07-13-2020, 06:15 AM

(07-12-2020, 11:33 PM)Ofnuts Wrote: I find it complicated to use. I don't see much purpose in the "base" and "target". You can make things simpler with one less path. You would have:

1. The source path

2. The "shaper"

3. A rectangle.

The transform maps the rectangle to the shaper. In the nominal use, the rectangle frames the source path. Benefits: the rectangle can be implicit, and can be for instance the bounding box of the source path (max/min x,y of the anchors, or anchors and tangents) or defined by guides, or the selection... See for instance https://www.gimp-forum.net/Thread-ofn-bend-path

What makes the fast algorithm faster?

True. That would be more simple to use, and that would be an advantage. Something similar you can get by using the Shaper as the Target and drawing the Base rectangle around the source path (true, that could be implicit).

But this way it is more flexible. Where the transformed path will be located, is independent of the Shaper. The Base and the Target determine the movement. The Shaper determines the shape.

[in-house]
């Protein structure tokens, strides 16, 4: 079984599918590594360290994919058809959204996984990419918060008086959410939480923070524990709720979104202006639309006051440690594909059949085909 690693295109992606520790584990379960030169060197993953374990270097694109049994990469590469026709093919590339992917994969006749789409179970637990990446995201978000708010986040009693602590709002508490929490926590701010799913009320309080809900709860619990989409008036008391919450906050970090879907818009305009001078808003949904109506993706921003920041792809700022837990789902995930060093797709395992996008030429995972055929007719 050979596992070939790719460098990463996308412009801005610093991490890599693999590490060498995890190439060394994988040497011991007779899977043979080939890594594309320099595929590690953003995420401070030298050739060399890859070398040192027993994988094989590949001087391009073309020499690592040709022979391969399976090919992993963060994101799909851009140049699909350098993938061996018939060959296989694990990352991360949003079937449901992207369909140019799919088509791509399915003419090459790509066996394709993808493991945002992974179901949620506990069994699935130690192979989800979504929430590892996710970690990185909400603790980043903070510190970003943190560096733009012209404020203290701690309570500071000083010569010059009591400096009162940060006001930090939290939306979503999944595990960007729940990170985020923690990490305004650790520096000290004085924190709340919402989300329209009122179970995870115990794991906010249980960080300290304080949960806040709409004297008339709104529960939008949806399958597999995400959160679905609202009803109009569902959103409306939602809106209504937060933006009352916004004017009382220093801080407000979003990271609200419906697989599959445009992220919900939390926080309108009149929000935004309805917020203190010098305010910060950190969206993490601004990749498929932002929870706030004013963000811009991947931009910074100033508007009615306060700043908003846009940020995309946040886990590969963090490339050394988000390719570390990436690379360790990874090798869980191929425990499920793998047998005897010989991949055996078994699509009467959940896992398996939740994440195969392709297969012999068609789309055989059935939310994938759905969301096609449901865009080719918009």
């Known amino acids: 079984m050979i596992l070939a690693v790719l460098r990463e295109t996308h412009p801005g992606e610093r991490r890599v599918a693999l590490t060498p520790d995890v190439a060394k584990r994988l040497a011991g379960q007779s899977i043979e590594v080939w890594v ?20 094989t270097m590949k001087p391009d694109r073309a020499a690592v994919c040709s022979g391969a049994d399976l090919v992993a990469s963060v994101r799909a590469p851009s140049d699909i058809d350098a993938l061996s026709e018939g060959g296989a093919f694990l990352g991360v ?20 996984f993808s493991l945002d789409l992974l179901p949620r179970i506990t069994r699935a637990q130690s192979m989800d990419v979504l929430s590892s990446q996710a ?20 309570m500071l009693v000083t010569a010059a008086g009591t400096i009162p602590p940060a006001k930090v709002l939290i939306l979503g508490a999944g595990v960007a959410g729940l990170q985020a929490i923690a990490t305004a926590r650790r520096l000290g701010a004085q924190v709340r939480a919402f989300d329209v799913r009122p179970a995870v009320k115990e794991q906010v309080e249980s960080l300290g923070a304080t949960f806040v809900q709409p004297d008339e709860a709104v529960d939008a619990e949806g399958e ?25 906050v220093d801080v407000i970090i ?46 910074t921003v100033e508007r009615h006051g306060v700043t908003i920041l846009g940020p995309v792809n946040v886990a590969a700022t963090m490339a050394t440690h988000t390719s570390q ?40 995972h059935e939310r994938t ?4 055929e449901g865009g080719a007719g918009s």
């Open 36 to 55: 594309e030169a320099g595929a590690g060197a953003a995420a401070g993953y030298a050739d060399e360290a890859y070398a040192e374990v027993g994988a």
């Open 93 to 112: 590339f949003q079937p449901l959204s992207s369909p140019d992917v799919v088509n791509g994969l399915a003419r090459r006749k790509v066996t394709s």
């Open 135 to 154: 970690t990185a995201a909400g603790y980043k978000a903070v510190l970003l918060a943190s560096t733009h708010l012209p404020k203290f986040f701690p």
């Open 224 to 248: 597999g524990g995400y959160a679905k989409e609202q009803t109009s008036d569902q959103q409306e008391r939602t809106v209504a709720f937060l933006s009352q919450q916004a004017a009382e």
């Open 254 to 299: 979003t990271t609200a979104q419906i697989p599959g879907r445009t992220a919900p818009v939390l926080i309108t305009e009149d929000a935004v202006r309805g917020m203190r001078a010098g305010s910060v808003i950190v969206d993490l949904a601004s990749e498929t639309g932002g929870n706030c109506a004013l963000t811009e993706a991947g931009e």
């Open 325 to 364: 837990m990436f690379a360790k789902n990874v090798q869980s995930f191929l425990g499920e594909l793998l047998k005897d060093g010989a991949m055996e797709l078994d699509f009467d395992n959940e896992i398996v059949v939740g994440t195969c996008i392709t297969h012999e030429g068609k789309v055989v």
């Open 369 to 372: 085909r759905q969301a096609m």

Also, if you use 4-anchor Base and Target, neither needs to be a rectangle, not even the Base. They may be skew quadrilaterals. So, from a single Shaper you get different effects by changing the forms of the Base and the Target.

But it might be good to make such simpler version. I'll look into it.

The plugin is slow because of the approximation that is needed. If the source path is a Bezier curve of degree 3, the transformation makes it into a curve of degree 9. To draw it with Bezier curves, an approximation must be used. To that end, the plugin uses my own algorithm (that certainly should be much better and faster).

The simple algorithm is fast since it is simple. It does not even try to approximate. If you choose the algorithm by putting the input number =1, it uses the following simple rule: When it sees an arc that should be drawn, it sets the end points exactly right, and it sets the tangent directions at the end points exactly right. But the handle lengths are set simply to be 1/3 of the chord length. If the arc curves only mildly, the result may be good, but it may also be quite wrong. The simple algorithm does not care. I shall make an example picture for you when I have the time.

If you choose the simple algorithm by putting the input number >1, what happens is that the algorithm first subdivides the arc into smaller subarcs, and then it uses the simple rule on the subarcs. So the number of control points grows. Try to put input =8 and see the result.

The slow algorithm ideally gives good approximation with only a small number of control points.

By the way, Inkscape can draw parametric curves as paths. I looked at it once (not the current version, that was some time ago). It seemed to me that it used such simple 1/3 rule or something similar. So, to get accurate results, you must put control points densely. That approximation is a non-trivial problem.